When I’m producing someone, it’s easier for me to collaborate and make a record than it is to make my own record.

I see them as almost the same thing. I guess because people are approaching me since they like what I do already, there’s a certain expectation that I’m bringing that to the party. People are approaching me because I play so many instruments, so maybe they want me to be playing and bringing some of that sound to the arrangement. I detach from myself in that way, and think, “Here’s a song. What’s the best way to present it?” There’s nothing different in the way I do that than for an artist who comes to me and says, “Do you want to produce my EP?” It’s exactly the same. I treat myself just as objectively. I’m always quite hyper-critical, and that helps. I’ve always hung on to the idea that self-criticism is a great strength for someone who wants to create anything. “Don’t believe your own hype. Don’t believe anything about your success.” As long as I am constantly holding myself to that high standard, I’ll always hope that my work will improve. Don’t be afraid to tell yourself that you can do better. Now you’ve got me thinking about this, and what’s going to happen with the next record. Should I be panicking? [laughter]

Don’t let me derail anything! When I produce records, I’ll sit down with someone beforehand and have these conversations. “How are we going to look at this project?” I enjoy the brainstorming.

To me it’s like a sculpture. It makes itself known as the process happens. I guess I’m not too wedded to having a fixed position when I start a project, be that my own project or someone else’s. It’ll chip away and make itself known underneath. I like to have that flexibility to go with a different direction. I didn’t start out making The Art of Losing as my second record. I started making a different project. I had the freedom to ditch those songs, as well as everything about that project, and say, “I’m making something different.” I like to think I can hold onto that.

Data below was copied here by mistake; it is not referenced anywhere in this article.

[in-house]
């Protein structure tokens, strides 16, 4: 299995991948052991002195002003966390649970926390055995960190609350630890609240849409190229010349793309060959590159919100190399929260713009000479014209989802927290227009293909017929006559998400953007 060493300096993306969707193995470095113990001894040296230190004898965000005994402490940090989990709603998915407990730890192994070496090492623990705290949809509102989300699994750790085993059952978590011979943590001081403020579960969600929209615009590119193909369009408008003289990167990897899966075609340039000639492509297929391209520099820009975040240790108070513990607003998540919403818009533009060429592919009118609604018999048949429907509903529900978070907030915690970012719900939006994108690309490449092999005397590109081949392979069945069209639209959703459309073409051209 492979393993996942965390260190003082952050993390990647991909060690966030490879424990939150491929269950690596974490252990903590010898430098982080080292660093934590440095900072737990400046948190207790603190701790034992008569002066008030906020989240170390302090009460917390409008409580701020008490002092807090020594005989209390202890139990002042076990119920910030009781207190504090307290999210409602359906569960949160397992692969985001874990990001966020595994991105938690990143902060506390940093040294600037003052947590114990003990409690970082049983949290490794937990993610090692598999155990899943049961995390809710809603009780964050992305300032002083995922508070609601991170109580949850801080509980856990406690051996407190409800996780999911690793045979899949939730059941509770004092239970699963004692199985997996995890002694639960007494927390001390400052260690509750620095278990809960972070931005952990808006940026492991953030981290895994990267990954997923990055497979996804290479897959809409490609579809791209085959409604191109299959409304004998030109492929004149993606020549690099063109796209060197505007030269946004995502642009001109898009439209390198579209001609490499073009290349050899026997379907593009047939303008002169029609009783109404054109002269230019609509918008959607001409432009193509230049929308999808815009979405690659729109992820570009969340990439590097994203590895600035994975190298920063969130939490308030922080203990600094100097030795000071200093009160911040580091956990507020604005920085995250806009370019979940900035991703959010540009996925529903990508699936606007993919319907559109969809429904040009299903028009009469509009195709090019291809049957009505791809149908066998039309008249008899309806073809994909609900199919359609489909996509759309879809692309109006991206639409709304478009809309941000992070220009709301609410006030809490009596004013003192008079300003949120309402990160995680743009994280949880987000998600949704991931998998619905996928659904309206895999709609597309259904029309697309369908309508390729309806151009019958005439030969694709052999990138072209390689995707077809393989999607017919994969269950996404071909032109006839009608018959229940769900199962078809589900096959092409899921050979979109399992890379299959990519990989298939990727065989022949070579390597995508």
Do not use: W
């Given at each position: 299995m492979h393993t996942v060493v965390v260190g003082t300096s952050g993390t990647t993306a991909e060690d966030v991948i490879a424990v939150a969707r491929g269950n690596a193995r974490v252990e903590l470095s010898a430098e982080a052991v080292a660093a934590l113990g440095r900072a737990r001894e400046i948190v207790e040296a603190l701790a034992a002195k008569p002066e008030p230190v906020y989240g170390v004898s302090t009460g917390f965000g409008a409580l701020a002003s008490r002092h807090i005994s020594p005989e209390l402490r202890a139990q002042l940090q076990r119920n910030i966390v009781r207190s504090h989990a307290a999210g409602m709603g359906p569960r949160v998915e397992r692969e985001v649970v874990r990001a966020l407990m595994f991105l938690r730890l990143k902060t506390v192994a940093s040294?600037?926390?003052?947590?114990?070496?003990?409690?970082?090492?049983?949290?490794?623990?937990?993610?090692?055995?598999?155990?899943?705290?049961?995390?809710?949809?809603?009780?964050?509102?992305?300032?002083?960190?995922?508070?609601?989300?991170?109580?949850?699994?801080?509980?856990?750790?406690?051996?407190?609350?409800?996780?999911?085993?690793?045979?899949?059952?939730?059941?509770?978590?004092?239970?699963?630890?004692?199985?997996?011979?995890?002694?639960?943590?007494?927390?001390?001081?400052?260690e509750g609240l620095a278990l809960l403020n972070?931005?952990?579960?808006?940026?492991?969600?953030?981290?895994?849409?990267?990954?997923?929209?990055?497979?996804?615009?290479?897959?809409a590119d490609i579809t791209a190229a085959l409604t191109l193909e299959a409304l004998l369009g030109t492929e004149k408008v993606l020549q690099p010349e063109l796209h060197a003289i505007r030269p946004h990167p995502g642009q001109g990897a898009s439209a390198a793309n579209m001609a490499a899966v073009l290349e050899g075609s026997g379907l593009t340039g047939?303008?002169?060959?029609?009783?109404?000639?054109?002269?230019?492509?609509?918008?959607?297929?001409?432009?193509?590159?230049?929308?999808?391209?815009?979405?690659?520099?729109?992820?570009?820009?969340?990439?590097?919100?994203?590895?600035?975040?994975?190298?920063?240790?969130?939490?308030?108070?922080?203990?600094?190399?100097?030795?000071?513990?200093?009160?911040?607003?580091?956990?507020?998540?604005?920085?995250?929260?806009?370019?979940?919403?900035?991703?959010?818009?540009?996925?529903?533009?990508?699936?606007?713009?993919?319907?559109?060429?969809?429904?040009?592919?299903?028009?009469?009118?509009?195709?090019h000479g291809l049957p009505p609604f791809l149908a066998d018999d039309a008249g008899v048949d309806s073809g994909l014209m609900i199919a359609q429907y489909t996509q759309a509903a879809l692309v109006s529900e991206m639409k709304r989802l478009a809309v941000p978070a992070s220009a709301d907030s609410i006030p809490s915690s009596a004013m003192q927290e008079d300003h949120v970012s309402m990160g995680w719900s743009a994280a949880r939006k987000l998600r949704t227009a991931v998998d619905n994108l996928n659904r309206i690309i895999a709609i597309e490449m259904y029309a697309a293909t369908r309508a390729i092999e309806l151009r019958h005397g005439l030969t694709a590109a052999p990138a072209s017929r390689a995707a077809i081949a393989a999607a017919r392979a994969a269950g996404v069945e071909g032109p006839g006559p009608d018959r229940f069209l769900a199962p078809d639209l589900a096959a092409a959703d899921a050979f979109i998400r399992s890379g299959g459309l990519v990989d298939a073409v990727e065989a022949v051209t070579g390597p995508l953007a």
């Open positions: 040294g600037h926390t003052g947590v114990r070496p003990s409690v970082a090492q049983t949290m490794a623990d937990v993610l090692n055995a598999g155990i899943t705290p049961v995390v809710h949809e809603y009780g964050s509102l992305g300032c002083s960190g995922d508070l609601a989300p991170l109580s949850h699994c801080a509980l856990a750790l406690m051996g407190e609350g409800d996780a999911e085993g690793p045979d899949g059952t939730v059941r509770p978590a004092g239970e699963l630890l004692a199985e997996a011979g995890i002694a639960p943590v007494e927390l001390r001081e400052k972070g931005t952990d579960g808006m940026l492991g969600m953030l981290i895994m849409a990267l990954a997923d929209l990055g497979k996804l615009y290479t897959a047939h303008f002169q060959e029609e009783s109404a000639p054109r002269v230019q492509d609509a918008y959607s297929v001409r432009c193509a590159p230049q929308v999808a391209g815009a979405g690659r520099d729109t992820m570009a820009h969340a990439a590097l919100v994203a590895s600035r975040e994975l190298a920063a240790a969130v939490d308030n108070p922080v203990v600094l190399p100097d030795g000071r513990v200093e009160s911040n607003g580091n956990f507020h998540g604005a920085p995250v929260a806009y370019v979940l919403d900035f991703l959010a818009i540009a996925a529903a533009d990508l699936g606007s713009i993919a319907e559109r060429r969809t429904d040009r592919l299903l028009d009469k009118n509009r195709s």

There’s a traditional thought that, as a songwriter, you’d sit down at the piano, compose the song, and then record it. I know the DAW has become a place where songs start as well.

Yeah, it’s a bit of both. I still have that very traditional approach to writing. The bare bones of it will tend to be written on a single instrument, be that a piano or a guitar. For The Art of Losing, the title track was written straight into Pro Tools, but for the synth part, I wrote it as I would on a piano. It still had that same process. That was partly because of lack of time. I had a drum session booked for the next day, and I hadn’t written the song. I needed to get it straight in there, because I needed to take the session with me. I had to have that ready for the drummer. I work well under pressure. I’m good with deadlines.

Besides booking session players, do you set other deadlines?

Not really, no. I guess that’s the luxury of how I’ve worked in the past. I’ve usually delivered a finished record to the label. No one hears it before it’s finished. No one gets input into what it sounds like. I’ve never worked like that, and I don’t plan on changing that either. It’s a huge luxury to be able to do that. Again, the same with deadlines; I don’t want to impose that. I know something’s finished when I’m happy with it. I tend to do drums in sets of three songs at a time. I’ll go into the studio for two days and get the drums down. Because I’m playing the majority of the parts, I probably wouldn’t even bring in a bass player until quite later on, which is probably a strange way of working. I want to be certain that I know what I want from them. The arrangement and production dictate the song so much, so I do write into a DAW. If we think of writing as being the arrangement and production, which is a big part of how I write, that’s why I do it backwards. It isn’t finished until it’s done.

Though you say it’s backwards to do the bass last, Paul McCartney famously did a lot of The Beatles songs that way. That gives the freedom for bass to move in different ways, doesn’t it?